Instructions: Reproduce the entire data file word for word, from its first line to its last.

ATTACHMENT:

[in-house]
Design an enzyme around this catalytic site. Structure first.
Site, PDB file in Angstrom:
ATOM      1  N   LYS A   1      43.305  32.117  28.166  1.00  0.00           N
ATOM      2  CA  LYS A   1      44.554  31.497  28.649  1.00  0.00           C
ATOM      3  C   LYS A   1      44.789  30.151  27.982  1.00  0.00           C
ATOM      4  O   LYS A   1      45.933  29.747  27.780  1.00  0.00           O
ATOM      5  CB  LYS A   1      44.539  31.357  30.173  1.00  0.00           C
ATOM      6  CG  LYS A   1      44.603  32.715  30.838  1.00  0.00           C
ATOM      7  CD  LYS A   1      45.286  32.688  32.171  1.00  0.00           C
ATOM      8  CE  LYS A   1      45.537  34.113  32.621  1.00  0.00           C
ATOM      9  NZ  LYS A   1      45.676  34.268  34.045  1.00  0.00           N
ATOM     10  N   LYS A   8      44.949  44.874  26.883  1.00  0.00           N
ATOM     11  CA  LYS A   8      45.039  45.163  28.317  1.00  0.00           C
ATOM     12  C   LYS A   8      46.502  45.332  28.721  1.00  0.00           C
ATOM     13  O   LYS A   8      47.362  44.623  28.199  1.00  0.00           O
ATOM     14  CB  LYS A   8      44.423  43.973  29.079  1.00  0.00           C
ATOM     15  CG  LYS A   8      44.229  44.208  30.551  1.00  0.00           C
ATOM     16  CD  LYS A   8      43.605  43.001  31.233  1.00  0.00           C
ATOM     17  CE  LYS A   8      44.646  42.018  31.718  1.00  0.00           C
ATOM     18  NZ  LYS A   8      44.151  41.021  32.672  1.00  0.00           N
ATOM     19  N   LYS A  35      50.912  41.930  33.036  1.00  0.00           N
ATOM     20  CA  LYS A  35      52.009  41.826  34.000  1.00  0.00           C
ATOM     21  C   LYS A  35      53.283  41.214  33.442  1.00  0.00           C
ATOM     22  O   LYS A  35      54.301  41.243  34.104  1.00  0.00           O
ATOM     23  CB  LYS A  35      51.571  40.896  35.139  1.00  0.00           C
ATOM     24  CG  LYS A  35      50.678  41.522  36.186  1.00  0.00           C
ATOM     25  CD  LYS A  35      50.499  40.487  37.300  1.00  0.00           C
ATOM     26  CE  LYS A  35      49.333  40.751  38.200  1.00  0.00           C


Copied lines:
[in-house]
Design an enzyme around this catalytic site. Structure first.
Site, PDB file in Angstrom:
ATOM      1  N   LYS A   1      43.305  32.117  28.166  1.00  0.00           N
ATOM      2  CA  LYS A   1      44.554  31.497  28.649  1.00  0.00           C
ATOM      3  C   LYS A   1      44.789  30.151  27.982  1.00  0.00           C
ATOM      4  O   LYS A   1      45.933  29.747  27.780  1.00  0.00           O
ATOM      5  CB  LYS A   1      44.539  31.357  30.173  1.00  0.00           C
ATOM      6  CG  LYS A   1      44.603  32.715  30.838  1.00  0.00           C
ATOM      7  CD  LYS A   1      45.286  32.688  32.171  1.00  0.00           C
ATOM      8  CE  LYS A   1      45.537  34.113  32.621  1.00  0.00           C
ATOM      9  NZ  LYS A   1      45.676  34.268  34.045  1.00  0.00           N
ATOM     10  N   LYS A   8      44.949  44.874  26.883  1.00  0.00           N
ATOM     11  CA  LYS A   8      45.039  45.163  28.317  1.00  0.00           C
ATOM     12  C   LYS A   8      46.502  45.332  28.721  1.00  0.00           C
ATOM     13  O   LYS A   8      47.362  44.623  28.199  1.00  0.00           O
ATOM     14  CB  LYS A   8      44.423  43.973  29.079  1.00  0.00           C
ATOM     15  CG  LYS A   8      44.229  44.208  30.551  1.00  0.00           C
ATOM     16  CD  LYS A   8      43.605  43.001  31.233  1.00  0.00           C
ATOM     17  CE  LYS A   8      44.646  42.018  31.718  1.00  0.00           C
ATOM     18  NZ  LYS A   8      44.151  41.021  32.672  1.00  0.00           N
ATOM     19  N   LYS A  35      50.912  41.930  33.036  1.00  0.00           N
ATOM     20  CA  LYS A  35      52.009  41.826  34.000  1.00  0.00           C
ATOM     21  C   LYS A  35      53.283  41.214  33.442  1.00  0.00           C
ATOM     22  O   LYS A  35      54.301  41.243  34.104  1.00  0.00           O
ATOM     23  CB  LYS A  35      51.571  40.896  35.139  1.00  0.00           C
ATOM     24  CG  LYS A  35      50.678  41.522  36.186  1.00  0.00           C
ATOM     25  CD  LYS A  35      50.499  40.487  37.300  1.00  0.00           C
ATOM     26  CE  LYS A  35      49.333  40.751  38.200  1.00  0.00           C